7.29.2009

Kai Lossgott : nothing with skin is blind

the first leaf. Kai Lossgott. 2008. Typewriter on sycamore leaf. Spruce and glass light boxes. 30 x 30 cm. SASOL Art Collection.




sound. Kai Lossgott. 2008. Laser engraving on foxglove leaf. Spruce and glass light boxes. 30 x 30 cm. SASOL Art Collection.




neurotech. Kai Lossgott. 2008. Laser engraving on morning glory leaf. Spruce and glass light boxes. 30 x 30 cm. Private Collection.




Installation view at Gordart Gallery in Melville, South Africa, in April 2008



For South African conceptual artist Kai Lossgott's latest project, 'nothing with skin is blind' he has made minute incisions, punctures and impressions into the tissue of plant leaves to form texts and images which are only visible against the light. Displayed in lightboxes, the leaves gleam. One of the texts makes reference to "the inheritance of light". "Shoot," proclaims another, "in spring his heart / is open as a gun".

Lossgott's work emphasises the shift from an anthropocentric to a biocentric position, from the human-centred to the life-centred. Most of the engravings are continuous line drawings exploring the sensory abilities of the human body. "We have certain features in common with plants," says the artist. "We develop in symmetry, with a form of skin, branches and capillaries containing blood or sap. We both perceive a diurnal and seasonal progression in the body. A plant perceives in the way human skin perceives. It scars, it heals. It remembers."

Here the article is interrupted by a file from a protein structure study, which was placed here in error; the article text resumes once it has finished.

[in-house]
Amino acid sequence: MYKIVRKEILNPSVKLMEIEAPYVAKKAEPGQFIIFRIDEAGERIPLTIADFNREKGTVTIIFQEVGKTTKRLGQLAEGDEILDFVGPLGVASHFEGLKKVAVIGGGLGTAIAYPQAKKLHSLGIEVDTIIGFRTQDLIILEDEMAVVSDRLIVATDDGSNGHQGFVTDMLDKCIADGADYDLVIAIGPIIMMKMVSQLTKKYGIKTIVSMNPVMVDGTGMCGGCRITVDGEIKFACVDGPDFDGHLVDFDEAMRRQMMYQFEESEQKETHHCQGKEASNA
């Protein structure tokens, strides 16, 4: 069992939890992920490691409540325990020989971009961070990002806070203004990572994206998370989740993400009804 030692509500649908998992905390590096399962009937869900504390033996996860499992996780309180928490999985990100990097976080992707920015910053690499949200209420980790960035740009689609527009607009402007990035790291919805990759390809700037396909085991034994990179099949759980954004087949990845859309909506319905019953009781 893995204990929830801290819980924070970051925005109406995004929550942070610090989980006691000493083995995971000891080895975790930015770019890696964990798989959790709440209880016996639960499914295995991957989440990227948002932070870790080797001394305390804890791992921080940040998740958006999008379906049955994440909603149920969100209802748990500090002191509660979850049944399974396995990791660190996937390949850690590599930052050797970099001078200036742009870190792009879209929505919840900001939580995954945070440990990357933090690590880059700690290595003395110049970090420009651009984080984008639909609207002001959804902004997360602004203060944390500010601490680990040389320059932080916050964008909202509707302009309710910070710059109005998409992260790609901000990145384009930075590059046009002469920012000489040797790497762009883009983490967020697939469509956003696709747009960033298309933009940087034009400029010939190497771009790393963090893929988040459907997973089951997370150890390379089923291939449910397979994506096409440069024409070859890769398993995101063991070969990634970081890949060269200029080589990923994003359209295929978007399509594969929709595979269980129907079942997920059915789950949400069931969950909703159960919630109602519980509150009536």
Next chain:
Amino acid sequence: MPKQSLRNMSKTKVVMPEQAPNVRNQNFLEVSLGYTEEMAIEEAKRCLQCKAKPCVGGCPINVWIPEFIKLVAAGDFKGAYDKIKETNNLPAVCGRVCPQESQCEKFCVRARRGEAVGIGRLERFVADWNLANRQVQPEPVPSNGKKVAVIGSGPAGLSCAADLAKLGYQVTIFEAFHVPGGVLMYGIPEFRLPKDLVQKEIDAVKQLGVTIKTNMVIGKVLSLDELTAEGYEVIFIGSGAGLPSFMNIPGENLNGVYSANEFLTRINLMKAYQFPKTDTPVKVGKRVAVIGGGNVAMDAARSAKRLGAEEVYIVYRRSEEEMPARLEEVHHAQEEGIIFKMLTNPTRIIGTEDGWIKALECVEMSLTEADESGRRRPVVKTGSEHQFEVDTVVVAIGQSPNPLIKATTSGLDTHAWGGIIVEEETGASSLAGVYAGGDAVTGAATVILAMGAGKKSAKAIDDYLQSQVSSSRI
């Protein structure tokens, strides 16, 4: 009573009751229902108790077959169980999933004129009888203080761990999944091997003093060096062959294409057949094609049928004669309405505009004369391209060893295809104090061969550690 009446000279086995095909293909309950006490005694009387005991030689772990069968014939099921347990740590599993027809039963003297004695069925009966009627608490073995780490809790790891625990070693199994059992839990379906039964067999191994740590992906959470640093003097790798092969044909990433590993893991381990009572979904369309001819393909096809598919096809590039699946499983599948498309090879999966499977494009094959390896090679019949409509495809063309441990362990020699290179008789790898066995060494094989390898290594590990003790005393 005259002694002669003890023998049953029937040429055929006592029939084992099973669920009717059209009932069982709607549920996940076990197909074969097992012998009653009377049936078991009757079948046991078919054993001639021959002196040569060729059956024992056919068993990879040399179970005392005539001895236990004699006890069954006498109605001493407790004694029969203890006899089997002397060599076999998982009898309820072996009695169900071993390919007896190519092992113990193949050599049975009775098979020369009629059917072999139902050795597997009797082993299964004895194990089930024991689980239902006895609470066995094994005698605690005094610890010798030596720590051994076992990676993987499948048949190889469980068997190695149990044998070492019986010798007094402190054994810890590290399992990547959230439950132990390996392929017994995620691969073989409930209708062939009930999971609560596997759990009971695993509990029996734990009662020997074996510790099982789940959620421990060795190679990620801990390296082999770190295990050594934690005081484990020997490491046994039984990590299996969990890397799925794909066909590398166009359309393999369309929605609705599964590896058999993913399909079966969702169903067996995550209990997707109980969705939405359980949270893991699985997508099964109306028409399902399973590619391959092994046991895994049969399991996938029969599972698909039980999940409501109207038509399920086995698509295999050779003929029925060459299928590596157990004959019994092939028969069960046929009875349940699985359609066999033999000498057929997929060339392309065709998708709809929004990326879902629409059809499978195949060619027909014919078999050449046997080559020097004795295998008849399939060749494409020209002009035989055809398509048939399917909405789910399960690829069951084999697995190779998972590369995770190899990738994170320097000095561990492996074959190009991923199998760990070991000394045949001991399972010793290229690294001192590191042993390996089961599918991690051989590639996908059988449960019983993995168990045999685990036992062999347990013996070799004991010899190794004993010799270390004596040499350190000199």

'Nothing with skin is blind' makes reference to cellular memory and engrams, a postulated biological change in neural tissue that represents a memory. Plant, human or animal, the artist seems to say, our biological processes bear certain similarities. It is through these similarities that Lossgott draws into question the boundaries between different forms of sentient life and where exactly consciousness begins.

'nothing with skin is blind' was first shown at the Gordart Gallery in Melville, South Africa, in April 2008. The work has since been acquired by various corporate collections.

To see more of Kai's work, visit www.kailossgott.com

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